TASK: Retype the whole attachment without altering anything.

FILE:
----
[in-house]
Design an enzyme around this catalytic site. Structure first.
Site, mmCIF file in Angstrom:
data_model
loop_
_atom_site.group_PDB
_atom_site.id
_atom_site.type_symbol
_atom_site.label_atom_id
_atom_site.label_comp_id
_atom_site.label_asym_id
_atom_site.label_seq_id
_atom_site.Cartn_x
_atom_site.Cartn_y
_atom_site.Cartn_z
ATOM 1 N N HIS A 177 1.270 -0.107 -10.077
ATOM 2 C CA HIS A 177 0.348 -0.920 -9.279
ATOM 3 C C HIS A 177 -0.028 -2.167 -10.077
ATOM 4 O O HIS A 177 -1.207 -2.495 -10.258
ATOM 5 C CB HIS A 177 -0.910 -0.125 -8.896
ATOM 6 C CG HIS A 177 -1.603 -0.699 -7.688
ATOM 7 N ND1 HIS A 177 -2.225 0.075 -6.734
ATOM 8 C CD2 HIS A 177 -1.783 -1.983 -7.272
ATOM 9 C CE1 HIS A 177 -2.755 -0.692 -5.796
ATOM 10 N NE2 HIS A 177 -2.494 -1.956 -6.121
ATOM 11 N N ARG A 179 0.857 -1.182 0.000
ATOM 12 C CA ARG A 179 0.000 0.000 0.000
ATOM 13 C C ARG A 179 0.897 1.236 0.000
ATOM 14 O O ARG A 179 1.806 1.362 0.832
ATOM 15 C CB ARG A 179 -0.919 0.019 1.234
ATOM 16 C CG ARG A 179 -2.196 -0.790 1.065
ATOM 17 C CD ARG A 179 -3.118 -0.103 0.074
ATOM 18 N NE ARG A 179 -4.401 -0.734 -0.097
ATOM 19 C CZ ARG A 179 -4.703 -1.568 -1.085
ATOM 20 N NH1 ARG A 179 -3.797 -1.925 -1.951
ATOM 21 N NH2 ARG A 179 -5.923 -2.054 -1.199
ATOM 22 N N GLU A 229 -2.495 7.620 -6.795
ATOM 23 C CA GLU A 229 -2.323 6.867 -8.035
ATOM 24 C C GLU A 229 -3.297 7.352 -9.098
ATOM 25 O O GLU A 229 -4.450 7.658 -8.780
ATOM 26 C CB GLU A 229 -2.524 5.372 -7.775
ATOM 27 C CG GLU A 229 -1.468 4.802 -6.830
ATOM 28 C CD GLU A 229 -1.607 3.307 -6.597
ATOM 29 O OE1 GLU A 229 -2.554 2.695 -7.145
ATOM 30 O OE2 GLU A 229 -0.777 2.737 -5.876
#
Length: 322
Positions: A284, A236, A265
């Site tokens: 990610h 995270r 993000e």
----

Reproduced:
[in-house]
Design an enzyme around this catalytic site. Structure first.
Site, mmCIF file in Angstrom:
data_model
loop_
_atom_site.group_PDB
_atom_site.id
_atom_site.type_symbol
_atom_site.label_atom_id
_atom_site.label_comp_id
_atom_site.label_asym_id
_atom_site.label_seq_id
_atom_site.Cartn_x
_atom_site.Cartn_y
_atom_site.Cartn_z
ATOM 1 N N HIS A 177 1.270 -0.107 -10.077
ATOM 2 C CA HIS A 177 0.348 -0.920 -9.279
ATOM 3 C C HIS A 177 -0.028 -2.167 -10.077
ATOM 4 O O HIS A 177 -1.207 -2.495 -10.258
ATOM 5 C CB HIS A 177 -0.910 -0.125 -8.896
ATOM 6 C CG HIS A 177 -1.603 -0.699 -7.688
ATOM 7 N ND1 HIS A 177 -2.225 0.075 -6.734
ATOM 8 C CD2 HIS A 177 -1.783 -1.983 -7.272
ATOM 9 C CE1 HIS A 177 -2.755 -0.692 -5.796
ATOM 10 N NE2 HIS A 177 -2.494 -1.956 -6.121
ATOM 11 N N ARG A 179 0.857 -1.182 0.000
ATOM 12 C CA ARG A 179 0.000 0.000 0.000
ATOM 13 C C ARG A 179 0.897 1.236 0.000
ATOM 14 O O ARG A 179 1.806 1.362 0.832
ATOM 15 C CB ARG A 179 -0.919 0.019 1.234
ATOM 16 C CG ARG A 179 -2.196 -0.790 1.065
ATOM 17 C CD ARG A 179 -3.118 -0.103 0.074
ATOM 18 N NE ARG A 179 -4.401 -0.734 -0.097
ATOM 19 C CZ ARG A 179 -4.703 -1.568 -1.085
ATOM 20 N NH1 ARG A 179 -3.797 -1.925 -1.951
ATOM 21 N NH2 ARG A 179 -5.923 -2.054 -1.199
ATOM 22 N N GLU A 229 -2.495 7.620 -6.795
ATOM 23 C CA GLU A 229 -2.323 6.867 -8.035
ATOM 24 C C GLU A 229 -3.297 7.352 -9.098
ATOM 25 O O GLU A 229 -4.450 7.658 -8.780
ATOM 26 C CB GLU A 229 -2.524 5.372 -7.775
ATOM 27 C CG GLU A 229 -1.468 4.802 -6.830
ATOM 28 C CD GLU A 229 -1.607 3.307 -6.597
ATOM 29 O OE1 GLU A 229 -2.554 2.695 -7.145
ATOM 30 O OE2 GLU A 229 -0.777 2.737 -5.876
#
Length: 322
Positions: A284, A236, A265
């Site tokens: 990610h 995270r 993000e």